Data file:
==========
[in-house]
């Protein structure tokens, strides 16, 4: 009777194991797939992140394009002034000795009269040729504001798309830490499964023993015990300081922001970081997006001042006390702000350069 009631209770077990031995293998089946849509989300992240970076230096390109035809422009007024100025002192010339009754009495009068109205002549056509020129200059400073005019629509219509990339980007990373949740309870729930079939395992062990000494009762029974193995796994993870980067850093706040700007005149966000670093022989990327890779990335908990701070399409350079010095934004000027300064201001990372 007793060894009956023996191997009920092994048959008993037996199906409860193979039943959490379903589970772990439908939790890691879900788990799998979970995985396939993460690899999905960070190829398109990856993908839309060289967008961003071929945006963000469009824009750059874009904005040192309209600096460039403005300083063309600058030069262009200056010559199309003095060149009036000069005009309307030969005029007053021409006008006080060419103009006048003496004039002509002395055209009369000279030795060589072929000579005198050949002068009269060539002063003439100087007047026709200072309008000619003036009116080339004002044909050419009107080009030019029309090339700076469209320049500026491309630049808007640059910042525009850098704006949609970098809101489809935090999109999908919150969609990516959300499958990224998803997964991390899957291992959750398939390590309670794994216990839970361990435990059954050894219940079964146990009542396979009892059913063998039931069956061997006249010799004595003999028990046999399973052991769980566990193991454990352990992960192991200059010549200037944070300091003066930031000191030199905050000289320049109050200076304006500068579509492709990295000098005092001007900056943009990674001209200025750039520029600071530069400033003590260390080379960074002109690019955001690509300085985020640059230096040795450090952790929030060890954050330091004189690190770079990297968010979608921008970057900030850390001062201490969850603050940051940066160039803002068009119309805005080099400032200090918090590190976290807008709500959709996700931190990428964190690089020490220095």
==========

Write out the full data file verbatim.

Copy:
[in-house]
């Protein structure tokens, strides 16, 4: 009777194991797939992140394009002034000795009269040729504001798309830490499964023993015990300081922001970081997006001042006390702000350069 009631209770077990031995293998089946849509989300992240970076230096390109035809422009007024100025002192010339009754009495009068109205002549056509020129200059400073005019629509219509990339980007990373949740309870729930079939395992062990000494009762029974193995796994993870980067850093706040700007005149966000670093022989990327890779990335908990701070399409350079010095934004000027300064201001990372 007793060894009956023996191997009920092994048959008993037996199906409860193979039943959490379903589970772990439908939790890691879900788990799998979970995985396939993460690899999905960070190829398109990856993908839309060289967008961003071929945006963000469009824009750059874009904005040192309209600096460039403005300083063309600058030069262009200056010559199309003095060149009036000069005009309307030969005029007053021409006008006080060419103009006048003496004039002509002395055209009369000279030795060589072929000579005198050949002068009269060539002063003439100087007047026709200072309008000619003036009116080339004002044909050419009107080009030019029309090339700076469209320049500026491309630049808007640059910042525009850098704006949609970098809101489809935090999109999908919150969609990516959300499958990224998803997964991390899957291992959750398939390590309670794994216990839970361990435990059954050894219940079964146990009542396979009892059913063998039931069956061997006249010799004595003999028990046999399973052991769980566990193991454990352990992960192991200059010549200037944070300091003066930031000191030199905050000289320049109050200076304006500068579509492709990295000098005092001007900056943009990674001209200025750039520029600071530069400033003590260390080379960074002109690019955001690509300085985020640059230096040795450090952790929030060890954050330091004189690190770079990297968010979608921008970057900030850390001062201490969850603050940051940066160039803002068009119309805005080099400032200090918090590190976290807008709500959709996700931190990428964190690089020490220095």